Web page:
Updated cardiac rehabilitation (CR) and return-to-work guidelines from the American College of Sports Medicine (ACSM) now include specificity of training for industrial athletes (exercise training that involves the muscle groups, movements, and energy systems that these patients use during occupational tasks). However, many CR facilities do not apply this principle, relying instead on the traditional protocol that consists primarily of aerobic exercise. This study was conducted to measure the metabolic cost of typical farming tasks and to compare 2 methods of calculating training intensities.
Metabolic data were collected from 28 participants (23 men and 5 women, aged 18 to 57 years) while they loaded 10 hay bales, dug a fence posthole, filled 8 seed hoppers, and shoveled grain.
Mean metabolic equivalent levels during these activities were 5.9 to 7.6 and participants reached 60% to 70% of heart rate reserve (HRR). By comparison, their mean resting heart rate + 30 beats per minute (RHR+30, a traditional CR intensity level) represented only 28% of HRR.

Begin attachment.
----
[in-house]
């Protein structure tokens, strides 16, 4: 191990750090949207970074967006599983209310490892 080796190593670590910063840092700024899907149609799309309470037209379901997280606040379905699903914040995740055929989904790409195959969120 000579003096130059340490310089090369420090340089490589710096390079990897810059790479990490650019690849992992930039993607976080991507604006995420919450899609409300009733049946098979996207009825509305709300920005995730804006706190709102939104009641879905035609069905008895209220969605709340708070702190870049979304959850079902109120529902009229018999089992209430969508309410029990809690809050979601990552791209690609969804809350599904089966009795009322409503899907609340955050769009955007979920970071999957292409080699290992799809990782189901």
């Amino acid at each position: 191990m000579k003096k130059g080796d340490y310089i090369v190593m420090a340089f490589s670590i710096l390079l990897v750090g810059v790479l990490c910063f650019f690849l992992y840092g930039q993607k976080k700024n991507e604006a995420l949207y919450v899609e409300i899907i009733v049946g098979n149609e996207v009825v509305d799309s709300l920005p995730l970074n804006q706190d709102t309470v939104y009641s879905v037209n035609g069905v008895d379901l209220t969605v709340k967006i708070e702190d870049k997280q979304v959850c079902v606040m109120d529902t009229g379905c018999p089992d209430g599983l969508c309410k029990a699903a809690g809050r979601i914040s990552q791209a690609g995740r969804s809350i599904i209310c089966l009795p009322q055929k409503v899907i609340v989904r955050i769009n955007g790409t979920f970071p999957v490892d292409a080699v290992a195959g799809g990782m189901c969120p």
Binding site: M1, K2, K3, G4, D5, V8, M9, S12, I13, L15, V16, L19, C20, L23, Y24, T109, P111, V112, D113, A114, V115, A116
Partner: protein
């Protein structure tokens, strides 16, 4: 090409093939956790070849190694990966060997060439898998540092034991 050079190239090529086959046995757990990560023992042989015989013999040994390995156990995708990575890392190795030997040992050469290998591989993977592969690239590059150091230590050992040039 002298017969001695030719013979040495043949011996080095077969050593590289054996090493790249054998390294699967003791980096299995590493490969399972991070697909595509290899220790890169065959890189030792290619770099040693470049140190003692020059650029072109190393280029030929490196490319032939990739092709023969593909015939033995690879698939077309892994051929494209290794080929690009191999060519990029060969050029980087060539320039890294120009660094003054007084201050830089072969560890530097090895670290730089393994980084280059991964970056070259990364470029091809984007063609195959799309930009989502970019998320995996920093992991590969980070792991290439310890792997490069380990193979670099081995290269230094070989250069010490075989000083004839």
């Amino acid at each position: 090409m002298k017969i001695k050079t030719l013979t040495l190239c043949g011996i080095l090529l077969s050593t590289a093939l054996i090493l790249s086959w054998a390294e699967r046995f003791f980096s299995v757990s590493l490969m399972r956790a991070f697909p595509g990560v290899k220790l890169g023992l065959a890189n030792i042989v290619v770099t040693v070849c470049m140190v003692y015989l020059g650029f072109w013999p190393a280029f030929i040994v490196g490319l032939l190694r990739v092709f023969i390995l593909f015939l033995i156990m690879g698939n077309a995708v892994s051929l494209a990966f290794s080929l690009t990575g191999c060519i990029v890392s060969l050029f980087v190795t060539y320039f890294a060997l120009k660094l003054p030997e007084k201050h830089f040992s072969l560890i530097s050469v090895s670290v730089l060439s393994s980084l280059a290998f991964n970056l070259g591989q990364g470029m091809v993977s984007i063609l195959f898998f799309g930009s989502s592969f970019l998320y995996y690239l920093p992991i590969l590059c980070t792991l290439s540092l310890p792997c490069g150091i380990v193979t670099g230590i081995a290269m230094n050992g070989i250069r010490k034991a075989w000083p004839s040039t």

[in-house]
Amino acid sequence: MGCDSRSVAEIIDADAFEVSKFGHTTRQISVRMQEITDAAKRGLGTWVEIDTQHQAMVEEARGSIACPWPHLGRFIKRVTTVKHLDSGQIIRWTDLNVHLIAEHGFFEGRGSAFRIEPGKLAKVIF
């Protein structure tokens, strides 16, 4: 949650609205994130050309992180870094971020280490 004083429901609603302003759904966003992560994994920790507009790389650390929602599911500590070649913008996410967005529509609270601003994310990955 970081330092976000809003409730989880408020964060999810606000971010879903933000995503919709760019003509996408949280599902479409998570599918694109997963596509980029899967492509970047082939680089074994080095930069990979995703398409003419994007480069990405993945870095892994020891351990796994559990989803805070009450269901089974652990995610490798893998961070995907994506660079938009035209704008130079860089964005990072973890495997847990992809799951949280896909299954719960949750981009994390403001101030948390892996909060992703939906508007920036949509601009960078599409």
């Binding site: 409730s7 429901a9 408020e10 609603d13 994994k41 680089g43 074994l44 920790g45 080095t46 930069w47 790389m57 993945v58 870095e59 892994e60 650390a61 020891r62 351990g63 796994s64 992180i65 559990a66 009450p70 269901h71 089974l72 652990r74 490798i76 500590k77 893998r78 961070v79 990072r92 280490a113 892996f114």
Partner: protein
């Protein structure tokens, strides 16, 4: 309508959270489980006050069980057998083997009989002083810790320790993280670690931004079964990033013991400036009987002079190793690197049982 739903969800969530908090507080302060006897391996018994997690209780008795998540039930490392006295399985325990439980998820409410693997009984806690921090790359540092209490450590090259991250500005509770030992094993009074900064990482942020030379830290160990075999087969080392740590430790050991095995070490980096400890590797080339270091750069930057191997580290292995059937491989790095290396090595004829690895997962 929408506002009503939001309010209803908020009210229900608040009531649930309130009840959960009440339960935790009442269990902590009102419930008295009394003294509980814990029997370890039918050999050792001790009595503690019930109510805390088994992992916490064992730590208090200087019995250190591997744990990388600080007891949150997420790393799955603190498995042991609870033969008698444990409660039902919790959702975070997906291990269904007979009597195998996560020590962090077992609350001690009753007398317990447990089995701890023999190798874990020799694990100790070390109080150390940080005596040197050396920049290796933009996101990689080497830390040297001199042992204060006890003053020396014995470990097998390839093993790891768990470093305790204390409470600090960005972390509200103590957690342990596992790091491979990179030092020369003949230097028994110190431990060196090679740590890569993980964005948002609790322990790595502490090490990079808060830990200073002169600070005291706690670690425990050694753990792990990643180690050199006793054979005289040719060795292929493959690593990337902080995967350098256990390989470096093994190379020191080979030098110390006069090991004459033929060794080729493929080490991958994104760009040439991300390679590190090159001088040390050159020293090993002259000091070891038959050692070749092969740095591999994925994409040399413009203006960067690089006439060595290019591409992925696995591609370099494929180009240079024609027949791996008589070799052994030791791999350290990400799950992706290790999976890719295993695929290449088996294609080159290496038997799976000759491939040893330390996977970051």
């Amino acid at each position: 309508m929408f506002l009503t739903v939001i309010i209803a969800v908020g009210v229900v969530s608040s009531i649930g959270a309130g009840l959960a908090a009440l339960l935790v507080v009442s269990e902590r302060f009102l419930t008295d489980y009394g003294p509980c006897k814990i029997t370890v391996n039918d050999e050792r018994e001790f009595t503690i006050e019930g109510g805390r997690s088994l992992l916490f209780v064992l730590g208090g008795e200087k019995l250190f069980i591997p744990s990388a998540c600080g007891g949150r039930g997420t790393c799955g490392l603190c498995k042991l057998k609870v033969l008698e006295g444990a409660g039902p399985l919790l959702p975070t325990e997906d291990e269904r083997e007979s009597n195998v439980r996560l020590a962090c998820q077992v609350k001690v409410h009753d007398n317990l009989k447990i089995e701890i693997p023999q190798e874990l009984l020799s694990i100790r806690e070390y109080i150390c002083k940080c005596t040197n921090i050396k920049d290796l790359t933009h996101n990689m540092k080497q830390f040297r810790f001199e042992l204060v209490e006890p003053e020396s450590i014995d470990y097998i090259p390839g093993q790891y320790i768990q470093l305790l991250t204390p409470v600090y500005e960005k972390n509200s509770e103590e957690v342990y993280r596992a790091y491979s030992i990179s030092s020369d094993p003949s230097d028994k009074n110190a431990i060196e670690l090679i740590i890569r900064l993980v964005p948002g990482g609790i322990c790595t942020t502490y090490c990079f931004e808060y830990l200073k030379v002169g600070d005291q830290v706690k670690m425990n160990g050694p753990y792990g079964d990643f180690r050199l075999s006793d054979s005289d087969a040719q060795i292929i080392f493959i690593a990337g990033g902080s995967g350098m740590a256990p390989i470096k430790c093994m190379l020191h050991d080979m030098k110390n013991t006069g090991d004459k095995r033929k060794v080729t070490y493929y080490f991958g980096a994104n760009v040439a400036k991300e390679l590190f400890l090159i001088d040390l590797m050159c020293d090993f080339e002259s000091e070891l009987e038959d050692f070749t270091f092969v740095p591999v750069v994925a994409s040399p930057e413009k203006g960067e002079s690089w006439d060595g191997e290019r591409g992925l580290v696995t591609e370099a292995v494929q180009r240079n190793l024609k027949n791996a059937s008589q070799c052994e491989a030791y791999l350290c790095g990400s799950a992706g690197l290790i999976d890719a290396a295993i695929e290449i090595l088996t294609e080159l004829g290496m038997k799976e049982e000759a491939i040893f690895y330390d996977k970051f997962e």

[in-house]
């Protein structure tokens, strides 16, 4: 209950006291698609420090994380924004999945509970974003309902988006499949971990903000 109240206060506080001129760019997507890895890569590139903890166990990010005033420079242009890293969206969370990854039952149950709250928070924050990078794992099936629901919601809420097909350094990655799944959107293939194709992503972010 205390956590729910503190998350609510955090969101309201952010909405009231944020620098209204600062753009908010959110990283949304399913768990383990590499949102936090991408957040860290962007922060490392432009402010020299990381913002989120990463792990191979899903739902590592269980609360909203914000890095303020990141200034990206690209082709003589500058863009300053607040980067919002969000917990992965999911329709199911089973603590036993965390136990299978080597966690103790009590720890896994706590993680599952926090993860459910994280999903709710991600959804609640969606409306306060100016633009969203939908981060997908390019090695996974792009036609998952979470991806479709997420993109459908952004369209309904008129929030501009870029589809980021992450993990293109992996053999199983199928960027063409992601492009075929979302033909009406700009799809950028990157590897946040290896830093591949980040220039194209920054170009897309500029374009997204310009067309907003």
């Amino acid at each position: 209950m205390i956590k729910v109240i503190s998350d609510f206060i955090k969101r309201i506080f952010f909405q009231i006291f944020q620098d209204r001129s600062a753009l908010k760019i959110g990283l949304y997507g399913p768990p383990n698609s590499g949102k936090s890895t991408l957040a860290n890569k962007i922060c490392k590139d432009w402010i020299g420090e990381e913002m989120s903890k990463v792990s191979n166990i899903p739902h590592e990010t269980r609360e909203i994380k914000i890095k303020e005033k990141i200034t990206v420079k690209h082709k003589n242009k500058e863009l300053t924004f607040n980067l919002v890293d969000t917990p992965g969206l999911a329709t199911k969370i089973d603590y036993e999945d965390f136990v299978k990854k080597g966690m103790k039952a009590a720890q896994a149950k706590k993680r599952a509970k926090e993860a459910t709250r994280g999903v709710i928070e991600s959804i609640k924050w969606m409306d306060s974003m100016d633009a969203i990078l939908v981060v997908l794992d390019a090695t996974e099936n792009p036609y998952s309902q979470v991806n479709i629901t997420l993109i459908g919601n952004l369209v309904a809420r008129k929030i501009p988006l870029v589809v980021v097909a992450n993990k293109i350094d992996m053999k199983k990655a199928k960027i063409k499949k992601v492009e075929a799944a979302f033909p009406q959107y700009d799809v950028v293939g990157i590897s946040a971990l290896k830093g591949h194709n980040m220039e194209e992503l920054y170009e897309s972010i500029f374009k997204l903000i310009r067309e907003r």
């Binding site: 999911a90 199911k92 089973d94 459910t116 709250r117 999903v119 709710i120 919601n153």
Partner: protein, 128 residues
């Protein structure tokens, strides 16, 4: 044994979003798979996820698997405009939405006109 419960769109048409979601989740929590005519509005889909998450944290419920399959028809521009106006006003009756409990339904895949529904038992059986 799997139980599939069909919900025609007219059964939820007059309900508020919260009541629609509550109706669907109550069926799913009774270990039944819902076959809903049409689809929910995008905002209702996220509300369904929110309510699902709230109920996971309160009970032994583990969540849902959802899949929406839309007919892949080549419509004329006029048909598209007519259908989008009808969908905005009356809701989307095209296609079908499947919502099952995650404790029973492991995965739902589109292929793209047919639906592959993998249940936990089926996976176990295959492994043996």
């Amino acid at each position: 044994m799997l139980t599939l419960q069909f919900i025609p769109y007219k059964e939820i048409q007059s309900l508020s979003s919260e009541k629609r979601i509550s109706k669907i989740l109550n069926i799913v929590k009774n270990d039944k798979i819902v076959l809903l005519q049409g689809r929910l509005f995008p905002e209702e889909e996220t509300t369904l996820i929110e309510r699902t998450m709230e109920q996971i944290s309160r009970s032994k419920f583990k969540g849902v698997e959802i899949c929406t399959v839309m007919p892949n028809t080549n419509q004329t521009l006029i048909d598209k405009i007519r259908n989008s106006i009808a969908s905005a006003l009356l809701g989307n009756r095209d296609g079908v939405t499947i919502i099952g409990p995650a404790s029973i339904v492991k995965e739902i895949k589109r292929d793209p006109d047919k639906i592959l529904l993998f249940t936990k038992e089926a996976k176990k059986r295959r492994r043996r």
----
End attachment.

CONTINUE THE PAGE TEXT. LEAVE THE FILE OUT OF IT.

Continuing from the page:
Participants in the current study performed farming tasks within the ACSM's recommended range of 40% to 80% of HRR, and the results suggest that training at RHR+30 would have been inadequate for helping a farmer return to work after a cardiac event. Using the study tasks as a basis, we described exercises that would be appropriate for the supervised resistance training of farmers in a CR setting.
Using data from 28 volunteer participants, we described the metabolic cost of 4 typical farming tasks and compared 2 common methods of calculating training intensities. Our report also includes exercises that would be appropriate for the supervised resistance training of farmers in a cardiac rehabilitation setting.
Department of Kinesiology, Texas Woman's University, Denton (Dr Jordan); Cardiac Rehabilitation, Dallas Presbyterian Hospital, Dallas, Texas (Mr Karcher); UAB/Lakeshore Research Collaborative, Birmingham, Alabama (Ms Rogers); and Cardiac Rehabilitation, Baylor Jack and Jane Hamilton Heart and Vascular Hospital, Dallas, Texas (Mss Kennedy and Lawrence, and Dr Adams).
Correspondence: Jenny Adams, PhD, Cardiac Rehabilitation, Baylor Jack and Jane Hamilton Heart and Vascular Hospital, 411 N Washington St, Ste 3100, Dallas, TX 75246 (jennya@BaylorHealth.edu).
Dr Jordan is currently with the Department of Health and Kinesiology, Lamar University, Beaumont, Texas.
All authors have read and approved the manuscript.
The authors declare no conflicts of interest.